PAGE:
Ireland’s largest hotel operator, Dalata Hotel Group (LSE: DAL), delivered impressive half-year results this morning and the market likes it, with the stock up more than 4% as I write.
Compared to a year ago, revenue lifted 24% and adjusted earnings per share shot up almost 41%. It seems clear that the firm is doing something right because it is expanding fast and maintaining profitability along the way.
The company listed on the stock market in March 2014 raising €265m to finance an ambitious expansion strategy. Since then, Dalata has acquired 24 hotels located in Ireland and the UK. But Dublin is the biggest operating area and delivered around 57% of revenue during the period with the rest splitting almost evenly between regional Ireland and the UK.
The fast pace of expansion continues with the firm today announcing an agreement to lease a new 300-room hotel to be built in Manchester under the Clayton brand. It is planned for opening during 2020. The company also bunged more than €100m at acquiring freehold interests and new hotel purchases. Meanwhile, during the period more than €17m went into new builds and extensions, and around €11m into the ongoing refurbishment programme.
Borrowings under control
It’s a capital-intensive pursuit and raises the question of debt. The most-recent reckoning shows borrowings on the balance sheet running just over €267m, which compares to half-year operating profit a little under €38m. I think that looks reasonable considering much of the debt will be backed by property assets.
City analysts following Dalata expect earnings to balloon 69% this year and to grow by 11% during 2018. The outlook is positive and the pace of expansion is brisk. I reckon Dalata deserves your attention and analysis right now.
Online gaming company 888 Holdings (LSE: 888) also delivered interim results today and the figures look good. At constant currency rates, revenue lifted 3% compared to a year ago, adjusted basic earnings per share are 32% higher and net cash from operations shot the lights out with a 183% rise.
Strong balance sheet
I like the firm’s strong balance sheet, which carries no debt and a cash pile of around US$153m. There’s money to be made offering online casino, poker, bingo and sport betting services. Despite not being a buyer of such services myself, I can see that many people do love gaming and gambling, which leads to a strong business for 888. The firm generates 71% of revenue from the regulated market with around 39% coming from the UK, 49% from the rest of Europe, 8% from the Americas and 4% from the rest of the world.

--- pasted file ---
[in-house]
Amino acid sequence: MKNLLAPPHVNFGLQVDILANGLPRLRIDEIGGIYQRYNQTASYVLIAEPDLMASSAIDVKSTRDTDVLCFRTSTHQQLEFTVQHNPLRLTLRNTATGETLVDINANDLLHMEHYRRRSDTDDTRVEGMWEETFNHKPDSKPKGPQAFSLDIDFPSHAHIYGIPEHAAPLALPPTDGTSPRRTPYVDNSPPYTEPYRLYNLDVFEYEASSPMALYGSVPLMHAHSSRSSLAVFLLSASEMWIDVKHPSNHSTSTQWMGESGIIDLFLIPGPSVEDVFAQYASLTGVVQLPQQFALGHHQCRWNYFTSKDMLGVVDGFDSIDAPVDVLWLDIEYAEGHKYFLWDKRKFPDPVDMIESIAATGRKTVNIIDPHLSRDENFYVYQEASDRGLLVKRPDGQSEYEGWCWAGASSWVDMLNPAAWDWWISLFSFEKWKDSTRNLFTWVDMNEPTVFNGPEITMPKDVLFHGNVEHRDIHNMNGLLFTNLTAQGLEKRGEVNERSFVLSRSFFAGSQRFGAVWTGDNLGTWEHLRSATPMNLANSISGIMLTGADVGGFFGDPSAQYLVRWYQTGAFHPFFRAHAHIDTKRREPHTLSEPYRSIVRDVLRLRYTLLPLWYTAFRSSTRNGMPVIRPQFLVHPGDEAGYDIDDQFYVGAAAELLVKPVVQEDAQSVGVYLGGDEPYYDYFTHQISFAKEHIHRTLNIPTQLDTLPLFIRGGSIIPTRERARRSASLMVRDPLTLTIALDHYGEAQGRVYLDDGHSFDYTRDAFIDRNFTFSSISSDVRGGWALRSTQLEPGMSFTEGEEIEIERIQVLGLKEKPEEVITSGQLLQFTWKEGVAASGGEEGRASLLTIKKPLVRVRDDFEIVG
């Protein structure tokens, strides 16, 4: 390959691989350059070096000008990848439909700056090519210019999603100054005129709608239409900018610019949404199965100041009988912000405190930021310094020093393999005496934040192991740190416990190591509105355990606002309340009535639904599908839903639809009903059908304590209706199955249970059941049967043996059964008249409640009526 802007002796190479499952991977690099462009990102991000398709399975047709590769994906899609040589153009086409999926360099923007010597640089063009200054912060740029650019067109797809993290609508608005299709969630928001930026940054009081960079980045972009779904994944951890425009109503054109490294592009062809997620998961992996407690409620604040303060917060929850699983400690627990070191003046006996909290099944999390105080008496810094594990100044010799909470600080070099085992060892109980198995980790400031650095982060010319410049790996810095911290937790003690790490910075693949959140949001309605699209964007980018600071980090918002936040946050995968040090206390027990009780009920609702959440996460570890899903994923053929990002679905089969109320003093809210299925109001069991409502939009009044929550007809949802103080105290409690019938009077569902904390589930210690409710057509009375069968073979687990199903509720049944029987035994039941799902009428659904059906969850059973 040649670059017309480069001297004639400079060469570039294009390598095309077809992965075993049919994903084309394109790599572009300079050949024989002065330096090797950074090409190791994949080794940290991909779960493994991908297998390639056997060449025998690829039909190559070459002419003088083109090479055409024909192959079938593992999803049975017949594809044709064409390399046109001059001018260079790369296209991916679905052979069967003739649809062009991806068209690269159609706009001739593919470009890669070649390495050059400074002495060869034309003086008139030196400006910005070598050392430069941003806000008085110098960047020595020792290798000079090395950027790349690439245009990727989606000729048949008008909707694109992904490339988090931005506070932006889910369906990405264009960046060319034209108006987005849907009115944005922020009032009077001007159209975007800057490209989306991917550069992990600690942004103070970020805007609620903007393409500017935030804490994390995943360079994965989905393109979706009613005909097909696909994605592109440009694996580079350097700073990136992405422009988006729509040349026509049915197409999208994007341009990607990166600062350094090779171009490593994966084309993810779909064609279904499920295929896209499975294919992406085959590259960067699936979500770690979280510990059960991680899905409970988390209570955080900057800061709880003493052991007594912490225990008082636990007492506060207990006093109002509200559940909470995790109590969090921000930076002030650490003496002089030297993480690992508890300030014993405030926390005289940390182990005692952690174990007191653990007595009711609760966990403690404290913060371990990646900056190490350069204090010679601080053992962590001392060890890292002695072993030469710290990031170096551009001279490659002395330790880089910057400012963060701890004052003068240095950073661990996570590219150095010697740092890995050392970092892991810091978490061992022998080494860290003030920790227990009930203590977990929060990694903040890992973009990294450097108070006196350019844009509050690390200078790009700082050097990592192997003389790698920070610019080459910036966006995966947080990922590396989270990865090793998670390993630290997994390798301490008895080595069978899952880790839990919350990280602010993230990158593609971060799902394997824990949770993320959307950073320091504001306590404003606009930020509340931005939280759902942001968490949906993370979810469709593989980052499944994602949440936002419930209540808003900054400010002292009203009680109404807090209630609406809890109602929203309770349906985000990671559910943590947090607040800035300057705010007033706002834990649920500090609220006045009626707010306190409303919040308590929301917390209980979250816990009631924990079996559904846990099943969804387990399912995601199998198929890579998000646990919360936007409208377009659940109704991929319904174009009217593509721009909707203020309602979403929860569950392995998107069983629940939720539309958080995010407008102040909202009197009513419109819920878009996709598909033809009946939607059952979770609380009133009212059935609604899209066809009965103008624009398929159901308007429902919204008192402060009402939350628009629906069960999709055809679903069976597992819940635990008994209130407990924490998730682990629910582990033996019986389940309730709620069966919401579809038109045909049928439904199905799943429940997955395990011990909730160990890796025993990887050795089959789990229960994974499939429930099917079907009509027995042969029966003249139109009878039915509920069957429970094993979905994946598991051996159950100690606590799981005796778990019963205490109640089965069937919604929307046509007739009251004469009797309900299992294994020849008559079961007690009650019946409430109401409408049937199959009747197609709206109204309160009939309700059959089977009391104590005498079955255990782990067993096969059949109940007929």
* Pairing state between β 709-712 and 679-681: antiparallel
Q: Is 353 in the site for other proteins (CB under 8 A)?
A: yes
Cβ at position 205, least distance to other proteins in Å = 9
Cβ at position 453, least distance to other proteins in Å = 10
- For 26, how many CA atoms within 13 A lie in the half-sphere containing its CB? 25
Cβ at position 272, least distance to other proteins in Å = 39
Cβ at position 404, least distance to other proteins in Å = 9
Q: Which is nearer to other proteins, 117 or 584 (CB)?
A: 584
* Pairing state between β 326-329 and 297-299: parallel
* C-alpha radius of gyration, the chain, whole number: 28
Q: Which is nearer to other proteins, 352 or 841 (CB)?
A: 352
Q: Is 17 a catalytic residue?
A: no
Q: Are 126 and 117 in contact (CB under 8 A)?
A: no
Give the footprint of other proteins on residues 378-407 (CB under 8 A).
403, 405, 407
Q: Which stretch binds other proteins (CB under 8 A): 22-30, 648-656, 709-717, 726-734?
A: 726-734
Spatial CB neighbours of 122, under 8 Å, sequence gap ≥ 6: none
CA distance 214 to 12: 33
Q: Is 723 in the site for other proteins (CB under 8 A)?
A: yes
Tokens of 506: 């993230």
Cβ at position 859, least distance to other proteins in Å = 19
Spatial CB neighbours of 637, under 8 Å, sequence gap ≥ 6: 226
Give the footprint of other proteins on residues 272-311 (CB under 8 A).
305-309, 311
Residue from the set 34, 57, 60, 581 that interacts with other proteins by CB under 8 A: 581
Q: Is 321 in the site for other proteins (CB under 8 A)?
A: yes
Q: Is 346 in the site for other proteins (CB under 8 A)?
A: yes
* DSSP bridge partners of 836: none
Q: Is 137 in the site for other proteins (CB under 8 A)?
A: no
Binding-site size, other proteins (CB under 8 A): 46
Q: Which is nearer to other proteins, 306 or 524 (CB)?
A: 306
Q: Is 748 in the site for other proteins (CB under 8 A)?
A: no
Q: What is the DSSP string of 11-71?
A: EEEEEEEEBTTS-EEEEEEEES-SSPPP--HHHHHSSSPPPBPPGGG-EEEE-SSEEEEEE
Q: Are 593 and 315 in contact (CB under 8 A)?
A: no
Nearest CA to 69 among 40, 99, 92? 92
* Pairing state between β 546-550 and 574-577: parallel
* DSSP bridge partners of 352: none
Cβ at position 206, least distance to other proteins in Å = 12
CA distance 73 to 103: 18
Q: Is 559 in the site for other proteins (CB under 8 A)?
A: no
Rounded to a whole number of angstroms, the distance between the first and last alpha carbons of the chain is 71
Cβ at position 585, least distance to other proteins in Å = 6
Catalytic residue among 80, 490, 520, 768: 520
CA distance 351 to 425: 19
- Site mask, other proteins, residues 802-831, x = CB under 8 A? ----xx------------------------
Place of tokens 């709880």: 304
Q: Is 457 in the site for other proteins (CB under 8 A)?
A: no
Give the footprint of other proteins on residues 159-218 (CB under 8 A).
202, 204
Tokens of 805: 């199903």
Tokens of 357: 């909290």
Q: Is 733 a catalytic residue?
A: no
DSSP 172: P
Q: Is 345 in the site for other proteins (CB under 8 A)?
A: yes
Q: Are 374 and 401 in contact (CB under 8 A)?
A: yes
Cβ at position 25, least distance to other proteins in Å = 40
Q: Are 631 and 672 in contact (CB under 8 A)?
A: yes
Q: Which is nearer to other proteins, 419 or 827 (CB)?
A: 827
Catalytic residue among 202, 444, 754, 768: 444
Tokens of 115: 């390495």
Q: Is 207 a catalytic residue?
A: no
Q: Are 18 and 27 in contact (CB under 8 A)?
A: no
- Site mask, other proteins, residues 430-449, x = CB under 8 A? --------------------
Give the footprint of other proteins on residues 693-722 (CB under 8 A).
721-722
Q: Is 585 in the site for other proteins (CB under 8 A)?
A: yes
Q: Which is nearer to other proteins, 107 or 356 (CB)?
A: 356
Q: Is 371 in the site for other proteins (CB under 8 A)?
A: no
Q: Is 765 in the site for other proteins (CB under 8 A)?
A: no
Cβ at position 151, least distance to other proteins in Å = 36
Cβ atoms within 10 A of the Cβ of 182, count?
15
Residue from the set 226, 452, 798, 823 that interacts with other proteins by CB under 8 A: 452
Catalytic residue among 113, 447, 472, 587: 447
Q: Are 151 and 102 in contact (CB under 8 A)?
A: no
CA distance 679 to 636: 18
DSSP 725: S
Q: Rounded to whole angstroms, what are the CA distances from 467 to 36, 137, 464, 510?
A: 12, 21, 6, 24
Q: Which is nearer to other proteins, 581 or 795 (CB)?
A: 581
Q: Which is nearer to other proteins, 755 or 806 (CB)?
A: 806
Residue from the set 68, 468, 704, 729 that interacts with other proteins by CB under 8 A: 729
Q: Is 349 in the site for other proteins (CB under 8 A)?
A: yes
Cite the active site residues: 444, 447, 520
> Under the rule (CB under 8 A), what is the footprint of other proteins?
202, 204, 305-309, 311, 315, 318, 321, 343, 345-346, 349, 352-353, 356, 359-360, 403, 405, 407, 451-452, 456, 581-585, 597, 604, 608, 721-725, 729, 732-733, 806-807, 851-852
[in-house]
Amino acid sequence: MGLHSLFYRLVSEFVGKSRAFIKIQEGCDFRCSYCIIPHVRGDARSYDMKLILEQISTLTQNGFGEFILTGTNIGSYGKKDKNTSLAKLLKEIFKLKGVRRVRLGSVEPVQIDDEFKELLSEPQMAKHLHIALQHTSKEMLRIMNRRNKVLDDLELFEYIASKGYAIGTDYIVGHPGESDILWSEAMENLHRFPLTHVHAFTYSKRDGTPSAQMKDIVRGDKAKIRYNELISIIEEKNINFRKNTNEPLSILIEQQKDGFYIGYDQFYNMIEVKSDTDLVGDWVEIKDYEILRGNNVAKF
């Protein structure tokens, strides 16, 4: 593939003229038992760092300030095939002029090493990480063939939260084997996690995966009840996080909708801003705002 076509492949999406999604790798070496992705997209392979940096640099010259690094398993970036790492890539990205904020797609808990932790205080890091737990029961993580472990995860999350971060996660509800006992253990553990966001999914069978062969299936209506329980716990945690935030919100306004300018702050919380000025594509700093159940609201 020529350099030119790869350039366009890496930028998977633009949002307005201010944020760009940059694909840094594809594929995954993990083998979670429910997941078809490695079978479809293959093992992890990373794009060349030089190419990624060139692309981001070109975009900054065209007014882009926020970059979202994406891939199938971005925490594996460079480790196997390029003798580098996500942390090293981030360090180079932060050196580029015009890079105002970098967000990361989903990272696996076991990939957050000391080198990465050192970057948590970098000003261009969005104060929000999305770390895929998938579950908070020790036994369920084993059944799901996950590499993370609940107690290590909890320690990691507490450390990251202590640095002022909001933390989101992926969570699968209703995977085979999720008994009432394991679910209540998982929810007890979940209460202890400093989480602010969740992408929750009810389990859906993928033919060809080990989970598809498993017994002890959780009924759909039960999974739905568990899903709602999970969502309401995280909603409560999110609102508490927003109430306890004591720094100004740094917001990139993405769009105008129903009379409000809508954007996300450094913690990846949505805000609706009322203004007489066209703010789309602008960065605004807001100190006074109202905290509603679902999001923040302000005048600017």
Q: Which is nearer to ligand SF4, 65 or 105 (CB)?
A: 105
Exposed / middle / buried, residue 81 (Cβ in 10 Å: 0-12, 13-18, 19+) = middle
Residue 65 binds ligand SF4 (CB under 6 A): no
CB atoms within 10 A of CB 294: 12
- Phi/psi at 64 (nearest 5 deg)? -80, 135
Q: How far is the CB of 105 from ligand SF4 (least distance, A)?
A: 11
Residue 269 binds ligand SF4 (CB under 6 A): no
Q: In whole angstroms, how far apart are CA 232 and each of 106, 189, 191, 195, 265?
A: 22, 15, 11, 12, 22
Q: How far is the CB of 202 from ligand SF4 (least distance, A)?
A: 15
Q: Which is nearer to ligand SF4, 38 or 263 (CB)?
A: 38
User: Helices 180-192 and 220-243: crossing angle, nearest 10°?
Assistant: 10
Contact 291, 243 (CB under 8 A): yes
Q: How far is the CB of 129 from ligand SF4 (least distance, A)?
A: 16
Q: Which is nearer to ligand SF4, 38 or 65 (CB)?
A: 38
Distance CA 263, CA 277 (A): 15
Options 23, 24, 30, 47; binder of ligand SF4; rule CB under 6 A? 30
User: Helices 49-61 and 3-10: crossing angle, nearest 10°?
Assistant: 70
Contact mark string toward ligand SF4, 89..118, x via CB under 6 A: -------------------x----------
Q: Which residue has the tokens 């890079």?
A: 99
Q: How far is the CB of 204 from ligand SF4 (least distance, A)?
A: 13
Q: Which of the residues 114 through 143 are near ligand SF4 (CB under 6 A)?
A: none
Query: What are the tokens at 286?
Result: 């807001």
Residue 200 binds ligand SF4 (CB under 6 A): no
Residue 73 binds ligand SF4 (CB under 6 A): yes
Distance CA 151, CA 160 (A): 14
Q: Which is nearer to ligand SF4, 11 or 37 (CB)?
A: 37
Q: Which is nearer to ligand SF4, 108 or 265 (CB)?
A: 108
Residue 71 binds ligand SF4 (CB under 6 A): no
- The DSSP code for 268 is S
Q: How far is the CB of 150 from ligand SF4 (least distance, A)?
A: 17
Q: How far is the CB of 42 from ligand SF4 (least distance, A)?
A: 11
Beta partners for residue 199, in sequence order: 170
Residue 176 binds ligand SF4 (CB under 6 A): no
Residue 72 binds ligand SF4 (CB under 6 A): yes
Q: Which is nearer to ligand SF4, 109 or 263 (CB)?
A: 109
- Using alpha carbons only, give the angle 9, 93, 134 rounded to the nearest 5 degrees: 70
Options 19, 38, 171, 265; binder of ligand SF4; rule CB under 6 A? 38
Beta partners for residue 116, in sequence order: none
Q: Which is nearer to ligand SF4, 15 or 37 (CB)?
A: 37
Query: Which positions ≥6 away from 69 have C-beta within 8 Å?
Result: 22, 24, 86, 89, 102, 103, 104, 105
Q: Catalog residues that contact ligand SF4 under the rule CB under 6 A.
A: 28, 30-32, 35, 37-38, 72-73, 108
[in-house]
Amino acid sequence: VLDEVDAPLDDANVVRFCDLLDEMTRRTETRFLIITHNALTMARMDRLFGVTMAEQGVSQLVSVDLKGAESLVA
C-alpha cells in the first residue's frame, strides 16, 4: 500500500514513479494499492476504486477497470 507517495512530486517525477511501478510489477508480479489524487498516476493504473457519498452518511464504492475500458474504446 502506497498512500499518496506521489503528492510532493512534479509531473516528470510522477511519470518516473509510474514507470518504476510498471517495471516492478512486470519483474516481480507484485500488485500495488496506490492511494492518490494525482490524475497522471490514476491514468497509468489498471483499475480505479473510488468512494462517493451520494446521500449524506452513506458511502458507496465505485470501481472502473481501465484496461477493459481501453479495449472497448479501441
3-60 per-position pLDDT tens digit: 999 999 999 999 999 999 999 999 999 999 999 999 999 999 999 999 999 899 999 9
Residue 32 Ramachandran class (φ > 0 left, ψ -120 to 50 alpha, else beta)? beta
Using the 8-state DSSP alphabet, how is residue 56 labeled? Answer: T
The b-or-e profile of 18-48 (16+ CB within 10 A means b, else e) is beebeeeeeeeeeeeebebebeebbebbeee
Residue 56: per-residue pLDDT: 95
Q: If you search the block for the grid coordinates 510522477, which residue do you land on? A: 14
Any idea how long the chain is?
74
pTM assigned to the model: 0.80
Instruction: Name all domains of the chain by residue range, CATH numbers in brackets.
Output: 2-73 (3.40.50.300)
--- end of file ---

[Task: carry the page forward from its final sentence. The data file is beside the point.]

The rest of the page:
The company says it achieved today’s good results despite adverse currency movements and exiting several markets such as Australia and Poland. The outlook is good and progress is being driven by strong operational momentum across several key products. City analysts following the firm expect reported earnings to advance 6% this year and 11% during 2018.
Operational momentum looks compelling with 888, but a recent £7.8m fine from The UK Gambling Commission over “significant flaws” in the firm’s social responsibility processes underlines how strict the regulatory environment has become. I’m hopeful that 888 has learnt its lesson and will go on to serve its investors well from here.
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Kevin Godbold has no position in any of the shares mentioned. The Motley Fool UK has no position in any of the shares mentioned. Views expressed on the companies mentioned in this article are those of the writer and therefore may differ from the official recommendations we make in our subscription services such as Share Advisor, Hidden Winners and Pro. Here at The Motley Fool we believe that considering a diverse range of insights makes us better investors.